The sun was setting as John Marston rounded the bend on his horse. Yellows and reds played on the rolling surface of the river while a soft breeze kicked up dust. Nearby, some wildlife scampered to a safer place somewhere away from the stamping hooves. Below, the Mexican desert stretched out, inviting and perilous at the same time, a new frontier just begging to be explored.
And then nothing.
Red Dead Redemption collected dust on my shelf for a good four or five months before I returned to it. I’m still not sure what sent me back. Perhaps it was the endless nagging from friends: “…one of the greatest games of all time!” “…the most emotionally impactful ending of any game!” Maybe it was guilt. After all, I had spent $60 on this game, and shouldn’t I get my money’s worth?
Whatever the case, I eventually saw John Marston’s journey to its end, and I’m glad I did. All the praise was justified, it turns out, and Red Dead remains an absolute masterpiece that is illustrative of Rockstar at its best.
This isn’t the only high profile game I’ve abandoned at important plot points or reveals; Portal 2 also saw my backside as I neared its climax, as did Uncharted 4, Batman: Arkham City, Bioshock Infinite, Darksiders, Singularity and a handful of others.
I call it my “eighty percent problem.” I don’t know why I do it, but I have a few theories. The leading one is that I don’t want my favorite games to end, so I just walk away after completing about eighty percent of the story. Many people experience a similar feeling with a series of books or a gripping TV show; that empty feeling you get in the pit of your stomach as you leave behind a world you’ve come to love and identify with, characters that have grown in front of you. Just as much as they have, you experienced their trials and heartbreak, but also their triumphs and victories.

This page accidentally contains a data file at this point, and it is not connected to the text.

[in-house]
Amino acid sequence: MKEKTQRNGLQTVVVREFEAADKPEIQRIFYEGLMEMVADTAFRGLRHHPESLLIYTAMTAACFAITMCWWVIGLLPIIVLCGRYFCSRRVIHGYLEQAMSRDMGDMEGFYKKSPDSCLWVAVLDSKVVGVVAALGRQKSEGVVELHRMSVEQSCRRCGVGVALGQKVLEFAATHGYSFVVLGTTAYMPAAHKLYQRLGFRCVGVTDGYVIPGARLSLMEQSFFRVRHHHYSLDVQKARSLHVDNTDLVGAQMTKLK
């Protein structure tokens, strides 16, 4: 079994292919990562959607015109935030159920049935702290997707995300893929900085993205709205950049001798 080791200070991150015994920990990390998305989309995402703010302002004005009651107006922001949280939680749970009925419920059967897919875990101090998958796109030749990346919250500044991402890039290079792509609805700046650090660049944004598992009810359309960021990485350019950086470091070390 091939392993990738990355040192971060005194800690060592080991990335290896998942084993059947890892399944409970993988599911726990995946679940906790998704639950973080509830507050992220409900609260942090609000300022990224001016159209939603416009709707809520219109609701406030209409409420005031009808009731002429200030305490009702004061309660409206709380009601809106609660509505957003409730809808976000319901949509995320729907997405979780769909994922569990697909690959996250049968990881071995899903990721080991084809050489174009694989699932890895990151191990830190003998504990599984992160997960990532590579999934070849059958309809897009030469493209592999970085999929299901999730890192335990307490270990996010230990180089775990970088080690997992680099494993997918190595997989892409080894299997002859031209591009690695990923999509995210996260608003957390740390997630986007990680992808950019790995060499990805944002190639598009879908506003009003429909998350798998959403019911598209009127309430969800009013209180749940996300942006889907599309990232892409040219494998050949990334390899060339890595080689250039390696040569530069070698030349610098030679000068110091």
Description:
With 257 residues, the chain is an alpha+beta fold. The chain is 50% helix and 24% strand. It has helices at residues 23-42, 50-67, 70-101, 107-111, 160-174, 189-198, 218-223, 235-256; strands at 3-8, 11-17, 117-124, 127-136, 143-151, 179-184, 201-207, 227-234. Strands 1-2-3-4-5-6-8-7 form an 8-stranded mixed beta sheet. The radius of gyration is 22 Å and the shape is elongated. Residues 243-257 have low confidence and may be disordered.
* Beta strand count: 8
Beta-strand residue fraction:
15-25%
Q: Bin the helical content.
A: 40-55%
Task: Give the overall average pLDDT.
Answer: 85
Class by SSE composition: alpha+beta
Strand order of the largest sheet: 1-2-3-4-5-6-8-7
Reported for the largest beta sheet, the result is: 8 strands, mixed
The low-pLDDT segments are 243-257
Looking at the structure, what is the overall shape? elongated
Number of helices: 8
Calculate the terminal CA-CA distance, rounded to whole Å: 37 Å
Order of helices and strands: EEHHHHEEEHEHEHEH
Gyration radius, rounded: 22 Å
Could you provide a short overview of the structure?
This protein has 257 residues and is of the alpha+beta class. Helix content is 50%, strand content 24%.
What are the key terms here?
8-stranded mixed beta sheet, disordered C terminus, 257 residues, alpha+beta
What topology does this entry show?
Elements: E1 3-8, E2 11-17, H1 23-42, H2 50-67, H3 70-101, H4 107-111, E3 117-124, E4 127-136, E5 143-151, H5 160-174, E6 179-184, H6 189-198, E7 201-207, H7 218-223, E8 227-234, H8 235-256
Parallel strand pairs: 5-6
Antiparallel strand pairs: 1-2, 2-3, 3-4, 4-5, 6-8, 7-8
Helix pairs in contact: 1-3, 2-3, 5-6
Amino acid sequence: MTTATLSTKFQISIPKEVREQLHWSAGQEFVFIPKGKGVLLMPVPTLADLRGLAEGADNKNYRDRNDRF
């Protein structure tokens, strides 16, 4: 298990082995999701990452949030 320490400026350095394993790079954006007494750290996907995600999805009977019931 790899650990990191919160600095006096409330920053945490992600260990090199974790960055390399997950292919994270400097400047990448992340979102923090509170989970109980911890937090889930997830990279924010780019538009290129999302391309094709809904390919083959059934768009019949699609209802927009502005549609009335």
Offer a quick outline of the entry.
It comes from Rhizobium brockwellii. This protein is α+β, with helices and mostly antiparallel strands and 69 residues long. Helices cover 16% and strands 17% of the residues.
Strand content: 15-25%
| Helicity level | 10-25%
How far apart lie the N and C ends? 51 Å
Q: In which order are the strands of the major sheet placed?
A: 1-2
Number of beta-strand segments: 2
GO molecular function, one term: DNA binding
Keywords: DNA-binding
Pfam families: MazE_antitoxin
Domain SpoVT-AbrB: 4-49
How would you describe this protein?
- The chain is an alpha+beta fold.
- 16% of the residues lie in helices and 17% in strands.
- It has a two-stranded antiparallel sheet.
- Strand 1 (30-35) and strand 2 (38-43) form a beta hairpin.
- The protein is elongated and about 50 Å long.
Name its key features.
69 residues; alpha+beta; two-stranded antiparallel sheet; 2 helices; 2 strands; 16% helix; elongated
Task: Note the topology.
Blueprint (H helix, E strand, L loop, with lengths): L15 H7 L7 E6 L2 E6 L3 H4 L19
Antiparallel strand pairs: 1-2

John Marston was a man trying to set things right again. By leaving behind his life of crime, he hoped to provide a future for his family, a future safe from harm and hardship. His intentions were noble, even if his past was not. But there was a sense of melancholy that accompanied the ride into Mexico, a sense that perhaps his quest was futile.
I had grown to love Marston, and I wanted nothing more than to see him succeed. But I also felt like I was putting him in harm’s way by steering him to encounter after encounter, his past literally catching up with him. If I stopped playing, if I refused to pick up the controller, John would stay stay safe, forever in digital limbo where bullets are ineffective.
Like all good stories, though, Red Dead was worth seeing through to the end, even if it took me much longer than it should have. As is often the case, I found myself angry that I had waited so long to complete the game, but that never stops me from doing it again and again.
I am eagerly anticipating the release of Read Dead Redemption 2 this holiday, and seeing its ending sometime in mid 2018.